As much as I'd like to blame, oh, I don't know, some person for what I consider to be the single most harmful element in our political system, I can't. By comparison, it would be so easy just to throw the bum out if there was a bum to blame. But no. The most immoral, unconscionable, reprehensible factor in politics is the exorbitant and shameful amount of money that controls our elected officials, our legislative bodies, our elections, and as a result, our lives.
Yes, we're talking here about campaign finance reform.
Right now, the projections are that this will be our first $1 billion election. This would not be the kind of milestone we want to celebrate, right? Oh, the adjectives that come to mind! Unconscionable, disgraceful, heinous, abhorrent, scandalous, offensive.
Roget's cannot contain the number of legitimate and made-up words I could use to describe this atrocity.
I cannot wrap my head around the numbers that apply to campaign spending. Nor do I have the ability to figure out which of the many proposals for campaign finance reform might actually work. I'm assuming that if I did use my inconsiderable clout to back one such proposal, I'd eventually find out that it was a mere smokescreen for even more dubious financial dealings.
So I've boiled this issue down to the barest elements of what I need to know. I need to know that McCain-Feingold refers to the wildly unpopular 2002 Bipartisan Campaign Reform Act, which in part prohibits political parties from using soft money, the donations raised by political action committees (PACs) and nonprofit political groups (such as 527s). PACs are special interest groups (think the ever-evil "big tobacco"); 527s are organizations created specifically to impact elections (think the anti-Kerry Swift Boat Veterans for Truth). Hard money, by the way, is a direct donation to a candidate or campaign.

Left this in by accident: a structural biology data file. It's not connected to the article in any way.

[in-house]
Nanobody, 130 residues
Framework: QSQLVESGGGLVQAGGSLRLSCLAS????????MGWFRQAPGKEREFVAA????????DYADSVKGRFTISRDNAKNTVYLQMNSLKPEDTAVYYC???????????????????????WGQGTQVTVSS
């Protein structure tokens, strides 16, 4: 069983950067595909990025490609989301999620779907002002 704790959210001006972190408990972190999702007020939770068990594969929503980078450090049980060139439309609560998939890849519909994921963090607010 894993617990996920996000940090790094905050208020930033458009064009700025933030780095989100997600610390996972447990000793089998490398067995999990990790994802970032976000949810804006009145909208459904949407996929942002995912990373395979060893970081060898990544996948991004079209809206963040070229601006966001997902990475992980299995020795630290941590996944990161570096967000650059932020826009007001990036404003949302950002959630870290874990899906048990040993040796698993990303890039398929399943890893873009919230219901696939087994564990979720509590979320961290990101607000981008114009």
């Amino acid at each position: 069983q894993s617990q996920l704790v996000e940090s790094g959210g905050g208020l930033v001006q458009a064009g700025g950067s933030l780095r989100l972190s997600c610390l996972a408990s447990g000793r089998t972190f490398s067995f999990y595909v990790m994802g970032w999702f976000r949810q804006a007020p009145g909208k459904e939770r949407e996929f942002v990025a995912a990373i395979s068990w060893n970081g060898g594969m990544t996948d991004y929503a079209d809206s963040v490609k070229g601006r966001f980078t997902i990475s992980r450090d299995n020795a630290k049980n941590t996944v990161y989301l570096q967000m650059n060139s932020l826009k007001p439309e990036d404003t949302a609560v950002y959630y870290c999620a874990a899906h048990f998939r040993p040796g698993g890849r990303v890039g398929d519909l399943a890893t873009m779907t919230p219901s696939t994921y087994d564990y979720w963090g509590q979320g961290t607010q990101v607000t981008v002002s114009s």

That's all I need to know. That and the fact that candidates spend way too much money buying our votes. Let's see—I'm sure someone will correct me if I'm wrong here, so let me say up front that these stats are suspect, as is my math—in 2004, around 200 million people were eligible to vote, while about 125 million actually voted. Let's say that 140 million will actually vote this year, it being a year that should bring out lots more voters. Now let's say that half of those people would vote for their party's candidate regardless of who it is, so that whittles the number down to 70 million votes that are actually up for grabs. Oh, and let's figure that this year 10 million people have already decided that they will vote for third-party candidates who don't have any chance of winning and who raised very little money. So...that makes $1 billion divided by 60 million voters.* That means the two major-party candidates will have spent roughly $16 and change for each vote.
That doesn't sound like much, does it? Well, I can't speak for anyone else, but my vote is worth a whole lot more than that. In fact, it's priceless. I feel utterly cheapened.
Yes, it costs candidates a lot to get their message out. But not that much. Not $1 billion for one presidential race. Not so much that special interests end up funding the elections and calling the shots and ultimately running our lives. We need a better way to do this.
Among those trying to find a better way are Common Cause ("Holding Power Accountable"), Democracy21, the League of Women Voters, Ralph Nader's Public Citizen, Democracy Matters, and other groups that offer information on campaign finance reform. They are the ones who get my vote.
*I was an English major. If my calculation is wrong, you do the math.